After conductor Joe Miller slowly put his hands down at the end of J.S. Bach’s “St. Matthew Passion” Wednesday night, there was a long silence, then thunderous applause and repeated curtain calls. For three hours, with an intermission much shorter than the hour-long sermon Bach had to endure, the audience which packed a sold-out Sottile Theatre sat in rapt attention as Bach’s magnum opus was brought to musical life by a double choir (Westminster Choir and Taylor Festival Choir), double orchestra (players from the Spoleto Festival Orchestra and New York Baroque) and six principal soloists.
One of the rarest birds in the vocal world is the high tenor who can sing the demanding role of the Evangelist in the Bach passions; it sits uncomfortably high for too long for most tenors, but Rufus Mueller has been the go-to person here and abroad. What a delight to hear him, with his exemplary diction in the German narration, easily followed by English supertitles projected above the stage. His stage presence gave an added dimension to his interpretation.
Bass-baritone Paul Max Tipton was good as Jesus. The four outstanding aria soloists were crystal-clear soprano Jessica Petrus, resonant alto Virginia Warnken, clarion tenor Oliver Mercer and the stand-out of the group, Dashon Burton, who not only sang the bass arias but took on the important role of Pontius Pilate.
Other small roles (priests, witnesses, Peter, Judas, etc.) gave members of the Westminster Choir some cameo moments. Among the instrumentalists there were important solos beautifully executed for the violin, flute and viola da gamba, plus lots of work for the oboes who played both regular oboes plus the oboe d’amore and oboe da caccia.
The continuo group had cellos, basses, a bassoon, plus a large lute and two positive organs. This is the backbone of a Baroque band and it worked like a well-oiled machine.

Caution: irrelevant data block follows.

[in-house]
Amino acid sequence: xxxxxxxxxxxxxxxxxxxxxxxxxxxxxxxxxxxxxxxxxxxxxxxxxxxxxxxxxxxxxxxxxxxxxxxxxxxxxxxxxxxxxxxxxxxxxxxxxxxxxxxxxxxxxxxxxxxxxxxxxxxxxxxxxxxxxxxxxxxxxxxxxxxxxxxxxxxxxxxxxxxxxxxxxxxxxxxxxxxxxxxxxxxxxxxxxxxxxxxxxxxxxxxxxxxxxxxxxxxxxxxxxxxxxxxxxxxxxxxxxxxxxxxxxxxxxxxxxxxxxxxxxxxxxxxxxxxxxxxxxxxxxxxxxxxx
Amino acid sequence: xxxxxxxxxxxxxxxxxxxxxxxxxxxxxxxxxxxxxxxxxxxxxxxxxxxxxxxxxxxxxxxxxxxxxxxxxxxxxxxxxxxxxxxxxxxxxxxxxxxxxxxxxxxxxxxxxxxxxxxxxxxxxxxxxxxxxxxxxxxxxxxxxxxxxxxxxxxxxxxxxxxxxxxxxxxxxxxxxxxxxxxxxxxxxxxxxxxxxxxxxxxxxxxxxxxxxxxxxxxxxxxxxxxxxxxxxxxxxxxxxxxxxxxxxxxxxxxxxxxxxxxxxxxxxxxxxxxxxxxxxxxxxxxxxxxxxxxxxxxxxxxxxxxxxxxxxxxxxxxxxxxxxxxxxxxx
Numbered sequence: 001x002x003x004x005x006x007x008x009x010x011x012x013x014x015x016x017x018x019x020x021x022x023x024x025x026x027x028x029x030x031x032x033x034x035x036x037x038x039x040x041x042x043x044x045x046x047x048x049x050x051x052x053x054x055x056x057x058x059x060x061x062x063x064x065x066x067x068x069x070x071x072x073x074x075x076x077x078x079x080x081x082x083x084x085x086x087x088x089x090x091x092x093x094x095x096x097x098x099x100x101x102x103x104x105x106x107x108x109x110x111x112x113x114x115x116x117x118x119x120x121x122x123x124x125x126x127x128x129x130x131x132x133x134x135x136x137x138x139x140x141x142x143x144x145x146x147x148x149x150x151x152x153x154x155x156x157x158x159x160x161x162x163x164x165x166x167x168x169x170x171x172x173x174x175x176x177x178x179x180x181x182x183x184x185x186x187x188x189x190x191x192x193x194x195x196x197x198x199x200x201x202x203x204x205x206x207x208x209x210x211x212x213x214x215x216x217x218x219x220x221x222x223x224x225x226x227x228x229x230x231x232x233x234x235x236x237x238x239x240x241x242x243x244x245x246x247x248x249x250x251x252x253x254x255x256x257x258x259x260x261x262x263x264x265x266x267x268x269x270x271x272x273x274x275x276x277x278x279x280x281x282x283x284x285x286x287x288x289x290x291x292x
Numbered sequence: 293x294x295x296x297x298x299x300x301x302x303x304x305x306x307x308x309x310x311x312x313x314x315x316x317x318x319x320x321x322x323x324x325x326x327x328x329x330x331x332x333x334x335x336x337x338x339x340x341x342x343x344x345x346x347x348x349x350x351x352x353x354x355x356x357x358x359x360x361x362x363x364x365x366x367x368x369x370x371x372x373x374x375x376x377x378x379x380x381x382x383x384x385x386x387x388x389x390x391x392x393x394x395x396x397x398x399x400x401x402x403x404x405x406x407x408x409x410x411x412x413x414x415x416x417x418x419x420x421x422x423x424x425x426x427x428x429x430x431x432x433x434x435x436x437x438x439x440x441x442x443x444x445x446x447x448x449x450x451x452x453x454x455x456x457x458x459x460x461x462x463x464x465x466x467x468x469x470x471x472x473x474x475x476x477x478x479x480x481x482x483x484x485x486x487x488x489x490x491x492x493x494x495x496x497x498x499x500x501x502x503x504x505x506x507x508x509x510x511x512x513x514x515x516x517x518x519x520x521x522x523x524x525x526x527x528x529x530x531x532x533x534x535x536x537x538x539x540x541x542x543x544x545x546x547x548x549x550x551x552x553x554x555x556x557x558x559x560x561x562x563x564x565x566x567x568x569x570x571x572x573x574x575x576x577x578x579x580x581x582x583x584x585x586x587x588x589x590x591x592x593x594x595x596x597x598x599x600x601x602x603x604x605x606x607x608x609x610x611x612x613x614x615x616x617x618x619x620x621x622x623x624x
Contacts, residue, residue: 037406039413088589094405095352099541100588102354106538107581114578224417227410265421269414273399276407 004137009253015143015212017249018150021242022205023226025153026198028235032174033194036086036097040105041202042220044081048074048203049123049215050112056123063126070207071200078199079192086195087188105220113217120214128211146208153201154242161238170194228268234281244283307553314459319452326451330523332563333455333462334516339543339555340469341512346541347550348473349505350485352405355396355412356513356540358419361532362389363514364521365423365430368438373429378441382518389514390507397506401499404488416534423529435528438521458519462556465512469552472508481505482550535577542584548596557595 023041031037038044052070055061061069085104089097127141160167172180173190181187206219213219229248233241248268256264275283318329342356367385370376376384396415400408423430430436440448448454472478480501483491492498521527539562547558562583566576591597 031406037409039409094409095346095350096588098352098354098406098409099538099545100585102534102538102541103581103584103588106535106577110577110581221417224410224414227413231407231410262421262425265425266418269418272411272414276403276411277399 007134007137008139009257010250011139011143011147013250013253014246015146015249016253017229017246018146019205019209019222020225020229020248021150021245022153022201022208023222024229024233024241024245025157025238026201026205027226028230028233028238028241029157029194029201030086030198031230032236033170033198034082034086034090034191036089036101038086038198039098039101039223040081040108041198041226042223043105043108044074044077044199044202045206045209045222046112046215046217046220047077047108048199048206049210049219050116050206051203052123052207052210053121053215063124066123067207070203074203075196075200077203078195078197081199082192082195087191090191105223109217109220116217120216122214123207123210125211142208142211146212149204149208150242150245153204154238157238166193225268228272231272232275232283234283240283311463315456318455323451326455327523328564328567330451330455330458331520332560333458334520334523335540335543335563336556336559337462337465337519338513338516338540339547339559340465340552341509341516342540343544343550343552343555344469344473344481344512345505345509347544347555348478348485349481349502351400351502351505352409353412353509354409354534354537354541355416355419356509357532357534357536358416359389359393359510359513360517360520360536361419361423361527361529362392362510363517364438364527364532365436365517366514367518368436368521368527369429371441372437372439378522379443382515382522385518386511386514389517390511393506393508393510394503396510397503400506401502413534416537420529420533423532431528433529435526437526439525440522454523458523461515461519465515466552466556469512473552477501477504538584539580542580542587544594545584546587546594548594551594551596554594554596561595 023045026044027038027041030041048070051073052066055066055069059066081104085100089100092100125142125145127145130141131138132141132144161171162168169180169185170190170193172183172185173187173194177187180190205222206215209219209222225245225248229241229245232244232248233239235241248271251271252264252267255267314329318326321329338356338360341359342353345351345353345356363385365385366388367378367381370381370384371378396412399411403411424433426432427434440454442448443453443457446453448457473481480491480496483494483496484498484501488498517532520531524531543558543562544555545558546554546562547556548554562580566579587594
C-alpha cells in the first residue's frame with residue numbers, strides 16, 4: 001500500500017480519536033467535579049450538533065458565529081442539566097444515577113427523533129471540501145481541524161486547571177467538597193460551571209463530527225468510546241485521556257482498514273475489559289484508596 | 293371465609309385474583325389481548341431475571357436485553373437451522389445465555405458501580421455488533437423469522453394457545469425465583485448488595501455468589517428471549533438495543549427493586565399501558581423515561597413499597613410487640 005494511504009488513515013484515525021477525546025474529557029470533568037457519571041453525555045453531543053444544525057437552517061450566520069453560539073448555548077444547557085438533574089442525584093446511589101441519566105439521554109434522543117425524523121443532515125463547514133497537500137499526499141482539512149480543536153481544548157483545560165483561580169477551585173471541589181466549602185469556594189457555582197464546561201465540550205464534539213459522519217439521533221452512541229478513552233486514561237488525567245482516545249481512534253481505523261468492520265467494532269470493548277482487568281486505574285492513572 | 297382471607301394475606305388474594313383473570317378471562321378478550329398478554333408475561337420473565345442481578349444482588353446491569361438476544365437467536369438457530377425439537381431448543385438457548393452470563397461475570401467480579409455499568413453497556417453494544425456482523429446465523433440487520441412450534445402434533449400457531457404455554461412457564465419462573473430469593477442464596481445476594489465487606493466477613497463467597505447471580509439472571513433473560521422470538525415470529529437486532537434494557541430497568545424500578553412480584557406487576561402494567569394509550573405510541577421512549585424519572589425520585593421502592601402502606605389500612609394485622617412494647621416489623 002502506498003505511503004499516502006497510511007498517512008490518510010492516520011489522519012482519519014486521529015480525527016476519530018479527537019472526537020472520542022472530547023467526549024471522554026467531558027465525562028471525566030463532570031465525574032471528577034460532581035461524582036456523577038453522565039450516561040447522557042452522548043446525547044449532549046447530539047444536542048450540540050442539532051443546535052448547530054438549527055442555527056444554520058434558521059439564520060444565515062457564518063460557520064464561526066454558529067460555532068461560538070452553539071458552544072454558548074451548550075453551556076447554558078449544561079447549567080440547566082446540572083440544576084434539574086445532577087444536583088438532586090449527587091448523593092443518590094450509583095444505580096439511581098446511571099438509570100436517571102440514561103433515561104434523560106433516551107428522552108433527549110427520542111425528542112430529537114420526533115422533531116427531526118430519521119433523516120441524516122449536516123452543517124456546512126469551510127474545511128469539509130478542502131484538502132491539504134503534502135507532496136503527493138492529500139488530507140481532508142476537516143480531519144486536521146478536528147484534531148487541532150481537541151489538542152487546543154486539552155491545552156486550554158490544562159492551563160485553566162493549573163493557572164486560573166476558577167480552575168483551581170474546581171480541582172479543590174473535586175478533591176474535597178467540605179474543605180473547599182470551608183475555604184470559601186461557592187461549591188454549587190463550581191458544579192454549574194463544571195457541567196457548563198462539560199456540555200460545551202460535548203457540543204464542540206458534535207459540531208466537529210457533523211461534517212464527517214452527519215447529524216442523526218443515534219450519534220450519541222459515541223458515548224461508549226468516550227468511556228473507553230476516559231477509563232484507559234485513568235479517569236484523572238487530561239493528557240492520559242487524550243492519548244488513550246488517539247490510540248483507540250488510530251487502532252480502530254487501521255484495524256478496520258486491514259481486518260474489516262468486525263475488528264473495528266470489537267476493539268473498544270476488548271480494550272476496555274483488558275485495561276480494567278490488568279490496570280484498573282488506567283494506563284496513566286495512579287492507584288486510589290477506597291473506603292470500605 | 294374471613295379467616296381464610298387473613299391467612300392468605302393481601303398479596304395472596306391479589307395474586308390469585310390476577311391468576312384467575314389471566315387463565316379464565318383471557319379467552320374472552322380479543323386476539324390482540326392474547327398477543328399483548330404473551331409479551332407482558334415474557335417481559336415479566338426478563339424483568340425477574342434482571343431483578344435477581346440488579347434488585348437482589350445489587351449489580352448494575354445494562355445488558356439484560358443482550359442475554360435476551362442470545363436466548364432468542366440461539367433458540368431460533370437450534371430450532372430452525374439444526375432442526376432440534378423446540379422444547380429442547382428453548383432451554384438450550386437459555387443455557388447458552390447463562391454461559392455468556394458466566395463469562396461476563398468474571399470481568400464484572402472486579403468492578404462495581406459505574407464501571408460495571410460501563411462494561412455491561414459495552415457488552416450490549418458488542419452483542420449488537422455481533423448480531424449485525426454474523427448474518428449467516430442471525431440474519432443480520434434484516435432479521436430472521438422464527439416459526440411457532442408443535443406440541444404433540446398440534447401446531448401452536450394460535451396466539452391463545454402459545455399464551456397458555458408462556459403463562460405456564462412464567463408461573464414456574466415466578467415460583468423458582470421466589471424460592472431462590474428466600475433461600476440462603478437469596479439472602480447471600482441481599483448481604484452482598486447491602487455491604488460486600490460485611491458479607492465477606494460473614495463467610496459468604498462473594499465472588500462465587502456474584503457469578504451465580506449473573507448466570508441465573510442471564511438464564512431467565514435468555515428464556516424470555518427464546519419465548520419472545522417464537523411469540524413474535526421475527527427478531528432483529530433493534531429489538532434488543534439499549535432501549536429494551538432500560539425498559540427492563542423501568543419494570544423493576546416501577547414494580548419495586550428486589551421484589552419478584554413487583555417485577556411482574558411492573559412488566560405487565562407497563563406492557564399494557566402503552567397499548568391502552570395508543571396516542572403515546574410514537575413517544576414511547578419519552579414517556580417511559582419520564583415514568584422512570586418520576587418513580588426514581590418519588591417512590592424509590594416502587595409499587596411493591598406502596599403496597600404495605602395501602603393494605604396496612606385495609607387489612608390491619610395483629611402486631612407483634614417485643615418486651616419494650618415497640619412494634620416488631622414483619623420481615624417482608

Altogether, Miller conducted with great style, at times just shaping the music with his hands rather than marking time, and at other times letting the continuo players coordinate on their own. He kept the large forces in sync, despite a couple of times when the two sides of the stereo-like choral/orchestral group almost diverged.
The “St. Matthew Passion” is not easy to conduct; there are dozens of tricky places where the two choruses come in for only a few bars of complex material (such as the “Crucify” shouts from the crowd). Miller did not hesitate to let a little Romantic interpretation come the fore with some exaggerated dynamics as the passion story become more intense. He let the simple chorales (often overly “shaded” to destruction in many performances) stand solidly on their own as the hymns of the believers, though he couldn’t resist one final chorale sung pianissimo and a cappella without the instruments Bach marked in his score.
This was an evening of near-flawless execution and many moments of ravishing beauty and power. It will go down as a highlight (maybe even THE highlight) of this year’s festival, and, I think, as the work with which Joe Miller established his credentials to lead an extended choral/orchestral masterwork, not just recreating Bach’s music but also putting his own interpretive stamp on the whole.
William Gudger is an organist and professor emeritus of music at the College of Charleston.